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If you have been following my journey for a while you will be familiar with my attempts in zero waste week to really think and action a reduction in waste. We only have one world, climate change is almost at tipping point. So what can we do? there are many actions we can take individually, one of them is to change our plastic consumption. Have you heard of PlasticFreeJuly? The aim is to highlight the issue of plastic in our world, to encourage people to give up single use plastic. If you are anything like me this can feel truly overwhelming.
I am delighted to have a guest post from Lisa of www.less-stuff.co.uk
The plastic revolution started in 1930 when Richard Drew invented sticky tape. A few years later technology advanced through to the cling film known as Saran Wrap. Tupperware and plastic spray bottles were available to buy just 13 years later, and a couple of years after that you could buy black bin bags. Convenience became king. Plastic kept food fresher for longer. Plastic helped homes stay clean. It was the perfect product for the aspirational modern life people wanted to live in the 1950’s and beyond.
Plastic is great apart from one big problem: it never dies.
A century of plastic is already a pollutant
Because plastic never totally breaks down, it is already polluting our waterways and oceans. Sunlight breaks it down partially but this makes the plastic release toxic chemicals. The plastic leftovers make their way to the sea where they are eaten by marine animals and fish. The chemicals affect hormones and reproduction and birds frequently mistake larger broken bits of plastic as food.
It is not just animals that are adversely affected by plastic. Bags can get entangled in marine engines, mess up fishing gear and clog up propellers. Thrown away plastic is dangerous to people and animals alike.
What difference can one person make?
One bottle of water a day doesn’t seem like much but if you can imagine a pile of the 365 you could get through in a year it would be sizeable. Just one person swapping out single use plastic products for durable, reusable ones is better than no people trying. Recycling is great but it is better to avoid using the plastic in the first place. Here are some quick and easy ideas for changes to make that will save you money too.
1) Give up single use water bottles
Cost £1 to £25, saving over the year £100
I used to buy 6 packs of bottled water at around £1.50 a pack. I’d buy one a week which makes it £78 a year. If you add in the odd one or two I’d buy out and about I was spending at least £100 on water a year. Swapping your disposable plastic water bottles for a reusable one is not difficult. If you don’t like the taste of tap water, filters can be as cheap as £15. Even buying big bottles of mineral water to decant it into your reusable bottle would save you money and the amount of plastic you use. I have a couple of Klean Kanteen stainless steel bottles. One with a sports top for the car and one smaller handbag sized one that goes with me everywhere. Bars and cafes are usually really happy to fill the water bottle up and it stays nice and cool in the steel.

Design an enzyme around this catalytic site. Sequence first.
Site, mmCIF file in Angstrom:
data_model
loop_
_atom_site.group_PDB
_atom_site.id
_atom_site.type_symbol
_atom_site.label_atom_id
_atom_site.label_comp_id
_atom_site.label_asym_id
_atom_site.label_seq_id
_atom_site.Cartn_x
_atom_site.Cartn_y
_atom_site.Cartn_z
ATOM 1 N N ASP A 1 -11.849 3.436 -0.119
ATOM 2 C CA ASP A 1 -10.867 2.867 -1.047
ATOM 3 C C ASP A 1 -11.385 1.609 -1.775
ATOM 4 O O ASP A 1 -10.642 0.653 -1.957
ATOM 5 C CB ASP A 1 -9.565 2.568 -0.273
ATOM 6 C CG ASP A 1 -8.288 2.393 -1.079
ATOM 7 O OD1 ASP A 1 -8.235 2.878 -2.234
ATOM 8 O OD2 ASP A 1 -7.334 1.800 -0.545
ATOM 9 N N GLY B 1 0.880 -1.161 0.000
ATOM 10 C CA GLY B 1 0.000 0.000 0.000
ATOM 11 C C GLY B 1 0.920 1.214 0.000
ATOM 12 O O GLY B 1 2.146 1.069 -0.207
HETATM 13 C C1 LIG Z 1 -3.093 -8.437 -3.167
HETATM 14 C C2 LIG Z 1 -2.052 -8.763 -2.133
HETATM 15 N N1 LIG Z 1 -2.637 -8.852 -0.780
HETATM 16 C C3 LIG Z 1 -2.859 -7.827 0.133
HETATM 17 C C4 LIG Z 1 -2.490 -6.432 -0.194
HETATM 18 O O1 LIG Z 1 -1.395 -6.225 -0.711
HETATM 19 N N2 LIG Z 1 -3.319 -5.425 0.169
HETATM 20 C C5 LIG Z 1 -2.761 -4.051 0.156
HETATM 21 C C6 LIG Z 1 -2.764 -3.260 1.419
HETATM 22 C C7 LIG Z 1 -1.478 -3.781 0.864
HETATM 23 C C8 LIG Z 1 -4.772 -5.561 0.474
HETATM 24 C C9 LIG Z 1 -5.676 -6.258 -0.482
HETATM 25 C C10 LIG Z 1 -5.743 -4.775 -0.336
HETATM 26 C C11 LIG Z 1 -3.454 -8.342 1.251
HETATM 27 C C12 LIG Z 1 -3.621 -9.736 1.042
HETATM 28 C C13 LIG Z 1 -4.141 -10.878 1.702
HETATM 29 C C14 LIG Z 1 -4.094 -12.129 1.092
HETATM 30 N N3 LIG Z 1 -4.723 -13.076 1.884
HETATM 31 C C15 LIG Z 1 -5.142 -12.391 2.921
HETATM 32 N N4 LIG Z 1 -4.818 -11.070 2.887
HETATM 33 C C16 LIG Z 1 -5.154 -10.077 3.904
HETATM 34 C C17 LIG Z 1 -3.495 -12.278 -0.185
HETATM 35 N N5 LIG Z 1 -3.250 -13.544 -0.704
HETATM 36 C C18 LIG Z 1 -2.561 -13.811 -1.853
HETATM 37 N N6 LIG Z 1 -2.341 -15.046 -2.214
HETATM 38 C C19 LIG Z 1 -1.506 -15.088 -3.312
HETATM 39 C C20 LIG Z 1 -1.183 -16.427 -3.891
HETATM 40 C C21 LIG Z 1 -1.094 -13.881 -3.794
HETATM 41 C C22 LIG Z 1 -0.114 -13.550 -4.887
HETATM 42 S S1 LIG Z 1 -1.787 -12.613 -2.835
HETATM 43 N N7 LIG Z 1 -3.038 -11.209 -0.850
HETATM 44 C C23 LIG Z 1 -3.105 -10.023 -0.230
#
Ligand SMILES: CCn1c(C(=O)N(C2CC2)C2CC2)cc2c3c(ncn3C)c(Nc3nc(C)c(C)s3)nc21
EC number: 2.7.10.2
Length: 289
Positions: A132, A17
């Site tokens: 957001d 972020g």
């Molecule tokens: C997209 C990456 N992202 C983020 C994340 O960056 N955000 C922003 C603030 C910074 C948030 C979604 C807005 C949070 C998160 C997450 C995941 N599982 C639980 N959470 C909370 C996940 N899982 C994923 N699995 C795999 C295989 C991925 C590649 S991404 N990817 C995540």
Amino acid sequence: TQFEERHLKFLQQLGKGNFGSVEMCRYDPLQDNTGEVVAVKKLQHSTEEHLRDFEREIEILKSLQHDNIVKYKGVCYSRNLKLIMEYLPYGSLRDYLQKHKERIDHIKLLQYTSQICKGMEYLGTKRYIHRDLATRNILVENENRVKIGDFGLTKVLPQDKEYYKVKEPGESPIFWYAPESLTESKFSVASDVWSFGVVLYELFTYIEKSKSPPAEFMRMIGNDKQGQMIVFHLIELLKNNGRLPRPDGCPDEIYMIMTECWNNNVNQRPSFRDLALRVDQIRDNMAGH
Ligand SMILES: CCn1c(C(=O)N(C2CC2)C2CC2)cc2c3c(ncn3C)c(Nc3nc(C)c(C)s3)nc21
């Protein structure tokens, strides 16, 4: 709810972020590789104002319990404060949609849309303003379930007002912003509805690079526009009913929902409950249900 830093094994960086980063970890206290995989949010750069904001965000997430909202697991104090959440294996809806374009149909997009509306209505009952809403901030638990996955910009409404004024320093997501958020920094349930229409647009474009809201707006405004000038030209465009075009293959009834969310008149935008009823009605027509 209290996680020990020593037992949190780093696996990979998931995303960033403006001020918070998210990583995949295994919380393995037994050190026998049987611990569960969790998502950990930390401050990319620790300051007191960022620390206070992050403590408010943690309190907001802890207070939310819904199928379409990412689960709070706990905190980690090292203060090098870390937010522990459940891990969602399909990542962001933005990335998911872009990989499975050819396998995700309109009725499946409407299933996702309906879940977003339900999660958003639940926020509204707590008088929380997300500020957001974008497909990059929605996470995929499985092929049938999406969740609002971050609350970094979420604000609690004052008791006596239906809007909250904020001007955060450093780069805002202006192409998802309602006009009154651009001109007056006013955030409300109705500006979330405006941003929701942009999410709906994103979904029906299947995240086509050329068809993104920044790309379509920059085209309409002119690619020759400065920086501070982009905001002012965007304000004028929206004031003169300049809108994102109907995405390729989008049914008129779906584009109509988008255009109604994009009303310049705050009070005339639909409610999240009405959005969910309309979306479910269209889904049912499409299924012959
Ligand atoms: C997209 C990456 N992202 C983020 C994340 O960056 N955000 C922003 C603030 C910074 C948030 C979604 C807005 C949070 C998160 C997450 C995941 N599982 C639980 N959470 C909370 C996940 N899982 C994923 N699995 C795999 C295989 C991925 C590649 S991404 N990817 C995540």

2) Take a reusable bag
Cost from nothing upwards, saving over the year £5
Reusable bags are increasingly popular and Vicky has a great instructional for a 10 minute tote bag which even has a handy little pocket. If you don’t want to sew your own you may be lucky enough to have a Morsbag pod near you. Morsbags are cloth shopping bags made by volunteers and given away. It is getting easier to find cloth bags in most shops now. They last longer than plastic ones, are generally stronger and more comfortable to carry. If you buy two 10p plastic bags a week, swapping to a cloth bag could save you over a fiver.
3) Make a wax food wrap
Cost £2.50 for beeswax, saving over the year £15
If you can make toast, you can make a wax food wrap. Use them instead of cling film to cover bowls in the fridge. Wrap them around blocks of cheese or half avocados to keep them fresh. You can even freeze some things in them. Wax wraps can only be used for fruit, veg, cheese and cake. Because you can only wipe them clean you cannot sanitise them enough to use for meat and fish. You need a square of material, the good bit from the back of an old shirt would be perfect. Cut the square about 10 inches across, put it on a baking tray and sprinkle with beeswax pellets. Pop into a warm oven for a few minutes until melted. Take out of the oven when all the wax has melted into the material and lift by one corner for a few seconds. It is usable as soon as it is dry.
I’m a total convert to wax wraps. I was buying a tube of cling film every month or so and hating having to throw it away when it was used. I know you are supposed to be able to wash it and reuse it but that is far too faffy for me!
Save £120 a year with 3 easy changes
What would you do with £120? Make 3 little adjustments to how you live to save yourself at least this amount every year, and help out the environment while you are doing it.
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Thank you Lisa – I am definitely making the wax wraps. It has been yet another project on my mental to do list, this week I commit to making the wax wraps.
If you enjoyed this article as much as I then you will also be interested in this article regarding solving plastic packaging.